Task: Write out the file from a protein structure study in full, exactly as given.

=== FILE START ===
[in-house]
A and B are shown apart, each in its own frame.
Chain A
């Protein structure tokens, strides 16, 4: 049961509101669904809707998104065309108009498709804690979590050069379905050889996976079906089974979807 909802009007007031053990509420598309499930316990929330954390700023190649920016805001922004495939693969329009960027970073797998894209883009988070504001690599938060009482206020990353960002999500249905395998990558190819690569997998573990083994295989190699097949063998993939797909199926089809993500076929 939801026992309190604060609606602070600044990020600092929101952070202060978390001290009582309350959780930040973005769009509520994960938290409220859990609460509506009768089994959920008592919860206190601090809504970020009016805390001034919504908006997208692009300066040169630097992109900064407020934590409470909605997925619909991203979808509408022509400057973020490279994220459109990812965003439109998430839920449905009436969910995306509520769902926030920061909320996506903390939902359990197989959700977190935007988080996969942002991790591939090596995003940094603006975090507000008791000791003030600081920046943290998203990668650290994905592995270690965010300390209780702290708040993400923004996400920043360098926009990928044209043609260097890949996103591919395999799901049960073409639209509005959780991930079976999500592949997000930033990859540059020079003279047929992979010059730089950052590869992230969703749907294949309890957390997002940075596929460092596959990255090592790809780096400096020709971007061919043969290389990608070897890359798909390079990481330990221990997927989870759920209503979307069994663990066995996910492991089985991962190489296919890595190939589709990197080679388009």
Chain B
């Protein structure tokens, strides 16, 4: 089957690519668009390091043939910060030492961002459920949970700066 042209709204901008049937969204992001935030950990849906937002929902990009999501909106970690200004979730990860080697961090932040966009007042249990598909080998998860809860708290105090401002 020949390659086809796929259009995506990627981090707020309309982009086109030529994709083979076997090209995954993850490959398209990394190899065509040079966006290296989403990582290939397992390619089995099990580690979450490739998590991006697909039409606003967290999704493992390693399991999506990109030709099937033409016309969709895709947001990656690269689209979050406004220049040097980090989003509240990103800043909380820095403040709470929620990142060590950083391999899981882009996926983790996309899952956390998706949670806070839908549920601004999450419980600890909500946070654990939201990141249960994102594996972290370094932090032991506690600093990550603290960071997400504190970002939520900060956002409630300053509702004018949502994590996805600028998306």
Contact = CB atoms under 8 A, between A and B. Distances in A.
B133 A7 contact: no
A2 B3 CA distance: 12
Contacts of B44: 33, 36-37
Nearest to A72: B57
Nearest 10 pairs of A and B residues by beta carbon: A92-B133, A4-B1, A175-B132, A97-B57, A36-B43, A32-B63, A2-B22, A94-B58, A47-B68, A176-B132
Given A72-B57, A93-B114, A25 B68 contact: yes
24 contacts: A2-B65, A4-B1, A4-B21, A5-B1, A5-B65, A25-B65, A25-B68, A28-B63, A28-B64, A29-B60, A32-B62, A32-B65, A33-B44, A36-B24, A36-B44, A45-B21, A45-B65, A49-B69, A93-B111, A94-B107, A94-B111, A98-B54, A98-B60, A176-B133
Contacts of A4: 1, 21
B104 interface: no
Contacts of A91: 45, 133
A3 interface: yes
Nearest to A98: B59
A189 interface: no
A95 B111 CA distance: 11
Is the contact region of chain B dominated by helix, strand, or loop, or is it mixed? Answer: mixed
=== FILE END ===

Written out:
[in-house]
A and B are shown apart, each in its own frame.
Chain A
């Protein structure tokens, strides 16, 4: 049961509101669904809707998104065309108009498709804690979590050069379905050889996976079906089974979807 909802009007007031053990509420598309499930316990929330954390700023190649920016805001922004495939693969329009960027970073797998894209883009988070504001690599938060009482206020990353960002999500249905395998990558190819690569997998573990083994295989190699097949063998993939797909199926089809993500076929 939801026992309190604060609606602070600044990020600092929101952070202060978390001290009582309350959780930040973005769009509520994960938290409220859990609460509506009768089994959920008592919860206190601090809504970020009016805390001034919504908006997208692009300066040169630097992109900064407020934590409470909605997925619909991203979808509408022509400057973020490279994220459109990812965003439109998430839920449905009436969910995306509520769902926030920061909320996506903390939902359990197989959700977190935007988080996969942002991790591939090596995003940094603006975090507000008791000791003030600081920046943290998203990668650290994905592995270690965010300390209780702290708040993400923004996400920043360098926009990928044209043609260097890949996103591919395999799901049960073409639209509005959780991930079976999500592949997000930033990859540059020079003279047929992979010059730089950052590869992230969703749907294949309890957390997002940075596929460092596959990255090592790809780096400096020709971007061919043969290389990608070897890359798909390079990481330990221990997927989870759920209503979307069994663990066995996910492991089985991962190489296919890595190939589709990197080679388009």
Chain B
């Protein structure tokens, strides 16, 4: 089957690519668009390091043939910060030492961002459920949970700066 042209709204901008049937969204992001935030950990849906937002929902990009999501909106970690200004979730990860080697961090932040966009007042249990598909080998998860809860708290105090401002 020949390659086809796929259009995506990627981090707020309309982009086109030529994709083979076997090209995954993850490959398209990394190899065509040079966006290296989403990582290939397992390619089995099990580690979450490739998590991006697909039409606003967290999704493992390693399991999506990109030709099937033409016309969709895709947001990656690269689209979050406004220049040097980090989003509240990103800043909380820095403040709470929620990142060590950083391999899981882009996926983790996309899952956390998706949670806070839908549920601004999450419980600890909500946070654990939201990141249960994102594996972290370094932090032991506690600093990550603290960071997400504190970002939520900060956002409630300053509702004018949502994590996805600028998306």
Contact = CB atoms under 8 A, between A and B. Distances in A.
B133 A7 contact: no
A2 B3 CA distance: 12
Contacts of B44: 33, 36-37
Nearest to A72: B57
Nearest 10 pairs of A and B residues by beta carbon: A92-B133, A4-B1, A175-B132, A97-B57, A36-B43, A32-B63, A2-B22, A94-B58, A47-B68, A176-B132
Given A72-B57, A93-B114, A25 B68 contact: yes
24 contacts: A2-B65, A4-B1, A4-B21, A5-B1, A5-B65, A25-B65, A25-B68, A28-B63, A28-B64, A29-B60, A32-B62, A32-B65, A33-B44, A36-B24, A36-B44, A45-B21, A45-B65, A49-B69, A93-B111, A94-B107, A94-B111, A98-B54, A98-B60, A176-B133
Contacts of A4: 1, 21
B104 interface: no
Contacts of A91: 45, 133
A3 interface: yes
Nearest to A98: B59
A189 interface: no
A95 B111 CA distance: 11
Is the contact region of chain B dominated by helix, strand, or loop, or is it mixed? Answer: mixed